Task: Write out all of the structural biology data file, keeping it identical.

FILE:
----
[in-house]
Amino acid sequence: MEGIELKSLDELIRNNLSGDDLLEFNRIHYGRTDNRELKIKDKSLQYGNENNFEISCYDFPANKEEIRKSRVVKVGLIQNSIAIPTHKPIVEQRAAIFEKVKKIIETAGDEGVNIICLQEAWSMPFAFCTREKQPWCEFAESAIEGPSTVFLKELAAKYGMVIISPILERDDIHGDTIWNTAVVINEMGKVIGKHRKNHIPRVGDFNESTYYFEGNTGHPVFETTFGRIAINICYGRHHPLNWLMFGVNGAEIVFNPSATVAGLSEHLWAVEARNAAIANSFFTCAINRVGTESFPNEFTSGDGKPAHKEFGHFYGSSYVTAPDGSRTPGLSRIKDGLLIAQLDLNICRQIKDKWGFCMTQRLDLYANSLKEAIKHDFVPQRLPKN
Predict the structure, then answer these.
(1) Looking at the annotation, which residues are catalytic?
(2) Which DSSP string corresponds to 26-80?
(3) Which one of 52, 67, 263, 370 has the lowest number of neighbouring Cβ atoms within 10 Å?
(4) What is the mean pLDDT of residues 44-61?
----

[in-house]
Amino acid sequence: MEGIELKSLDELIRNNLSGDDLLEFNRIHYGRTDNRELKIKDKSLQYGNENNFEISCYDFPANKEEIRKSRVVKVGLIQNSIAIPTHKPIVEQRAAIFEKVKKIIETAGDEGVNIICLQEAWSMPFAFCTREKQPWCEFAESAIEGPSTVFLKELAAKYGMVIISPILERDDIHGDTIWNTAVVINEMGKVIGKHRKNHIPRVGDFNESTYYFEGNTGHPVFETTFGRIAINICYGRHHPLNWLMFGVNGAEIVFNPSATVAGLSEHLWAVEARNAAIANSFFTCAINRVGTESFPNEFTSGDGKPAHKEFGHFYGSSYVTAPDGSRTPGLSRIKDGLLIAQLDLNICRQIKDKWGFCMTQRLDLYANSLKEAIKHDFVPQRLPKN
Predict the structure, then answer these.
(1) Looking at the annotation, which residues are catalytic?
(2) Which DSSP string corresponds to 26-80?
(3) Which one of 52, 67, 263, 370 has the lowest number of neighbouring Cβ atoms within 10 Å?
(4) What is the mean pLDDT of residues 44-61?